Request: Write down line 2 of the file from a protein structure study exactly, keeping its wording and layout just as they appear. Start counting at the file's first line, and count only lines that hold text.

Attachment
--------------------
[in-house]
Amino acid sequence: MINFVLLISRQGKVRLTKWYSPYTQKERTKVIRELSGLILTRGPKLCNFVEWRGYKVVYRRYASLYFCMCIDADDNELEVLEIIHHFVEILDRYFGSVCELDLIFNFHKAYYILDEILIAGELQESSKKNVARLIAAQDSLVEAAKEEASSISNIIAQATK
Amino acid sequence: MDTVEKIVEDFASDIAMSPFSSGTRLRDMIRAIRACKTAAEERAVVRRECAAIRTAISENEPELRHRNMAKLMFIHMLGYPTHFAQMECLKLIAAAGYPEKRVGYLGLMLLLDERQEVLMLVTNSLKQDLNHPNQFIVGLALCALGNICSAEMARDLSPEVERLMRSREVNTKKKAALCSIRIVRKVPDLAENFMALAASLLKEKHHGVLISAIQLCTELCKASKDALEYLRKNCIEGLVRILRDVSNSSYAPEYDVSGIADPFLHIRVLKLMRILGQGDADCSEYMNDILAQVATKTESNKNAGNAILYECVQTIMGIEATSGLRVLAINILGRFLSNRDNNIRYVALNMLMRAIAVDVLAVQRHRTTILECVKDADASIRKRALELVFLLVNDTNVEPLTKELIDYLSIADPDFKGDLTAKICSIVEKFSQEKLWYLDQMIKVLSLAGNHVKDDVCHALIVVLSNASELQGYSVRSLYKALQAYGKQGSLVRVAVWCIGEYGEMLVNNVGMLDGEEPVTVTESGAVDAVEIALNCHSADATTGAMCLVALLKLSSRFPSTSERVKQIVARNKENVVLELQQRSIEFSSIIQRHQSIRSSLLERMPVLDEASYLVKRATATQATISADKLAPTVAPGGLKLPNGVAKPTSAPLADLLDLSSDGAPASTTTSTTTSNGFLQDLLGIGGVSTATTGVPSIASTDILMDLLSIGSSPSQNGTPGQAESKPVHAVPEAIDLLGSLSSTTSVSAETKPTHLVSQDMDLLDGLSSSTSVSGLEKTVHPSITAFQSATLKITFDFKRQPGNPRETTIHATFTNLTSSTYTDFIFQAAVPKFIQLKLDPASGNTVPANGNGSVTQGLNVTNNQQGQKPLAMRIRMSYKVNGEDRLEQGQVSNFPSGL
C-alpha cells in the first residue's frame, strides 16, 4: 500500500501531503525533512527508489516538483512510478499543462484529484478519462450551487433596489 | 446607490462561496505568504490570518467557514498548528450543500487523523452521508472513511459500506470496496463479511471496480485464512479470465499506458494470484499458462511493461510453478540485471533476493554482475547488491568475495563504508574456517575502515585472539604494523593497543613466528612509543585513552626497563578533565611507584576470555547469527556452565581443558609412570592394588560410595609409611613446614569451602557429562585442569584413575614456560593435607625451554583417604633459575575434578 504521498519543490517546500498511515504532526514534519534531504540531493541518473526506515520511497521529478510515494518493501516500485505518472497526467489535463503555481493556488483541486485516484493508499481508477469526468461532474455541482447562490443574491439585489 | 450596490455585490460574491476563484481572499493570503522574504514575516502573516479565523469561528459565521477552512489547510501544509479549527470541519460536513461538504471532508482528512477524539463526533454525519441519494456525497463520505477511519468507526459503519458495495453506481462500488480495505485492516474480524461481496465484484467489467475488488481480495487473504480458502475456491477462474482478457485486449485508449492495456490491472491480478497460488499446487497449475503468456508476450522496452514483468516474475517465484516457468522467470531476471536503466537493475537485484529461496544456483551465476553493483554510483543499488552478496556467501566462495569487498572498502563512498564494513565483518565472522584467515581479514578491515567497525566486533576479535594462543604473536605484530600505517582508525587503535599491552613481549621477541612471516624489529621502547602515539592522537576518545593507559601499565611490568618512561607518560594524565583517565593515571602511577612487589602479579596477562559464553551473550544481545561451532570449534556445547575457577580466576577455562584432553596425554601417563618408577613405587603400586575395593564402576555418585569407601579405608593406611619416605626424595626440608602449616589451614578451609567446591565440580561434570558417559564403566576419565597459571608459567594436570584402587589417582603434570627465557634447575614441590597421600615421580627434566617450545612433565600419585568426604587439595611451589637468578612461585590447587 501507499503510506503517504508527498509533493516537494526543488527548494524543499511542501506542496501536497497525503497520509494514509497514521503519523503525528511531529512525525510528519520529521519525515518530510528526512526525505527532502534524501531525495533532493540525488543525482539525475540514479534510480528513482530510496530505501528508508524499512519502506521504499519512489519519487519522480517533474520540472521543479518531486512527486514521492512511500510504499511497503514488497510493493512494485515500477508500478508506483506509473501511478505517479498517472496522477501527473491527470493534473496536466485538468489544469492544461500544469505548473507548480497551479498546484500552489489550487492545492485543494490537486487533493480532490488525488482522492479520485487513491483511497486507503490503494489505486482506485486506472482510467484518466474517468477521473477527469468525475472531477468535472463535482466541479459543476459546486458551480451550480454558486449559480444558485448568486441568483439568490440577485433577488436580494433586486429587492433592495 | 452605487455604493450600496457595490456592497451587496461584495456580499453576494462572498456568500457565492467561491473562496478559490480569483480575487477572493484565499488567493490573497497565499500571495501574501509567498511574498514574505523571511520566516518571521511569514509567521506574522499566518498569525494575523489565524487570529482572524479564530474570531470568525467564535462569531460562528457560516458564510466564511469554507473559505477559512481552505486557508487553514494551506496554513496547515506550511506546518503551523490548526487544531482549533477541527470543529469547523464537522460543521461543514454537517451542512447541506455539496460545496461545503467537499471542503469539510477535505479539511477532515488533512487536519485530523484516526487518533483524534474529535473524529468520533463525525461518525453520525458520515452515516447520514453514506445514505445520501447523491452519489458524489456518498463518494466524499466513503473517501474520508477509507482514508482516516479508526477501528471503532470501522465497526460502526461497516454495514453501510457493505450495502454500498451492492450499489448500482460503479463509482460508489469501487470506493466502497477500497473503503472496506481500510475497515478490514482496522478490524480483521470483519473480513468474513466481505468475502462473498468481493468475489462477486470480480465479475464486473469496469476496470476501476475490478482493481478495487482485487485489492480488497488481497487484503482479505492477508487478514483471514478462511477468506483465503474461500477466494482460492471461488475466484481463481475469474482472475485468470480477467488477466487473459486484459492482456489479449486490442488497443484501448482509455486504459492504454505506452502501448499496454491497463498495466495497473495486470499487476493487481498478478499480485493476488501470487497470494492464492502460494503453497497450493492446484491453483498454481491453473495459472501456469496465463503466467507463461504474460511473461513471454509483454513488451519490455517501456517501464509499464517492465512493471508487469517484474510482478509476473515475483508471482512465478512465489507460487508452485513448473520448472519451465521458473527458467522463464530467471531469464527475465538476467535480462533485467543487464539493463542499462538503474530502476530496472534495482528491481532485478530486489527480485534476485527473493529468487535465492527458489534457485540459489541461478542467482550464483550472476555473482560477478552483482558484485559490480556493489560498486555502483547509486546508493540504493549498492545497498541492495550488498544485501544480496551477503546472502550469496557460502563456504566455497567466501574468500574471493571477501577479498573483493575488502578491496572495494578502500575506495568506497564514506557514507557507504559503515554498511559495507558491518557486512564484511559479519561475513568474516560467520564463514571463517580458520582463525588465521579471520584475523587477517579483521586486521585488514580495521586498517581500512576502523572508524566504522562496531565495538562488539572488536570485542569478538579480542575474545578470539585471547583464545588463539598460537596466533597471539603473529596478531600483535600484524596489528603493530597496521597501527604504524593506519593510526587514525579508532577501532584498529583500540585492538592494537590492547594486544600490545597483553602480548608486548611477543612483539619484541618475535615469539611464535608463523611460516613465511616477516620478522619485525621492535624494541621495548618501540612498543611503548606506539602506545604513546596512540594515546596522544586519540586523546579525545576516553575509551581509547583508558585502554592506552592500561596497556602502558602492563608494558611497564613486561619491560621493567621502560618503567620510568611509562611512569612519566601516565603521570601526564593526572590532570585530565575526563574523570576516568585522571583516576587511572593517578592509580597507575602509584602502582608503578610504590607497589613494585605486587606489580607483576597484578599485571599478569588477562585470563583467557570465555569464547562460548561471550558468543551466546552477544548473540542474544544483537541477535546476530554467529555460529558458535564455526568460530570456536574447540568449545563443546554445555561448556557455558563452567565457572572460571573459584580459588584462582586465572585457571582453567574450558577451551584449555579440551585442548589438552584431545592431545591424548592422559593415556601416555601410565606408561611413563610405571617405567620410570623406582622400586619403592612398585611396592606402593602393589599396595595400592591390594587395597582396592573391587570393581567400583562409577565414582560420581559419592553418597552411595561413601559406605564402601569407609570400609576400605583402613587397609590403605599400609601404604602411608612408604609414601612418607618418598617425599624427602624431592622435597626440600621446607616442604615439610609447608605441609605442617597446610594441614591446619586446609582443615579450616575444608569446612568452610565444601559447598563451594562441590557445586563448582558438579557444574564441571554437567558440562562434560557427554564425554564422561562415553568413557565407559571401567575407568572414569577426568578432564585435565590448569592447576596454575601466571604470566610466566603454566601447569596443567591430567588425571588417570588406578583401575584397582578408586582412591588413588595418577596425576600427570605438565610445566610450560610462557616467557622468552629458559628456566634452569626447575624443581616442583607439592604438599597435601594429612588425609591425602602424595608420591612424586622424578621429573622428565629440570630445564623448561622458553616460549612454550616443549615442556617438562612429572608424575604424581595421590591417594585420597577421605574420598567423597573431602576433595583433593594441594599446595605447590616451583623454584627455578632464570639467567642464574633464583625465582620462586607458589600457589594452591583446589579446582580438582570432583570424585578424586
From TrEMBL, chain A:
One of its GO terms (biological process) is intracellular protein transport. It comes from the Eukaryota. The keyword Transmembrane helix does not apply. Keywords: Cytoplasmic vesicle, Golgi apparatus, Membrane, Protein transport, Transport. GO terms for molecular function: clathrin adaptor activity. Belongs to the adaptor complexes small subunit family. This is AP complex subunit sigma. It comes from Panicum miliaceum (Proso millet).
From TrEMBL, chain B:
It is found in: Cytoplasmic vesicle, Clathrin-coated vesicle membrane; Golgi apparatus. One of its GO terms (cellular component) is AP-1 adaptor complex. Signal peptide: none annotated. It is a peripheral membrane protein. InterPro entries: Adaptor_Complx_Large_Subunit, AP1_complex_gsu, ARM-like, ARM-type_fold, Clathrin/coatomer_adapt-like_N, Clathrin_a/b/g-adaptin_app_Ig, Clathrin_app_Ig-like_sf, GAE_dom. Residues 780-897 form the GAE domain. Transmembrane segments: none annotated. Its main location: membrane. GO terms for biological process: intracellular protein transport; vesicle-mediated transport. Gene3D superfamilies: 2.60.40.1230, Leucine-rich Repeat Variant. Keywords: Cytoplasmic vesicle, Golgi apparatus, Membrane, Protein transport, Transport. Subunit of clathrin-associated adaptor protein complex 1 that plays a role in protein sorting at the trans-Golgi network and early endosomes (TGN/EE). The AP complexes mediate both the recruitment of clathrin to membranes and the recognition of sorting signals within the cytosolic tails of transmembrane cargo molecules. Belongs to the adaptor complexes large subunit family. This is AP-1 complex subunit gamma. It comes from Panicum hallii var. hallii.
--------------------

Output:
Amino acid sequence: MINFVLLISRQGKVRLTKWYSPYTQKERTKVIRELSGLILTRGPKLCNFVEWRGYKVVYRRYASLYFCMCIDADDNELEVLEIIHHFVEILDRYFGSVCELDLIFNFHKAYYILDEILIAGELQESSKKNVARLIAAQDSLVEAAKEEASSISNIIAQATK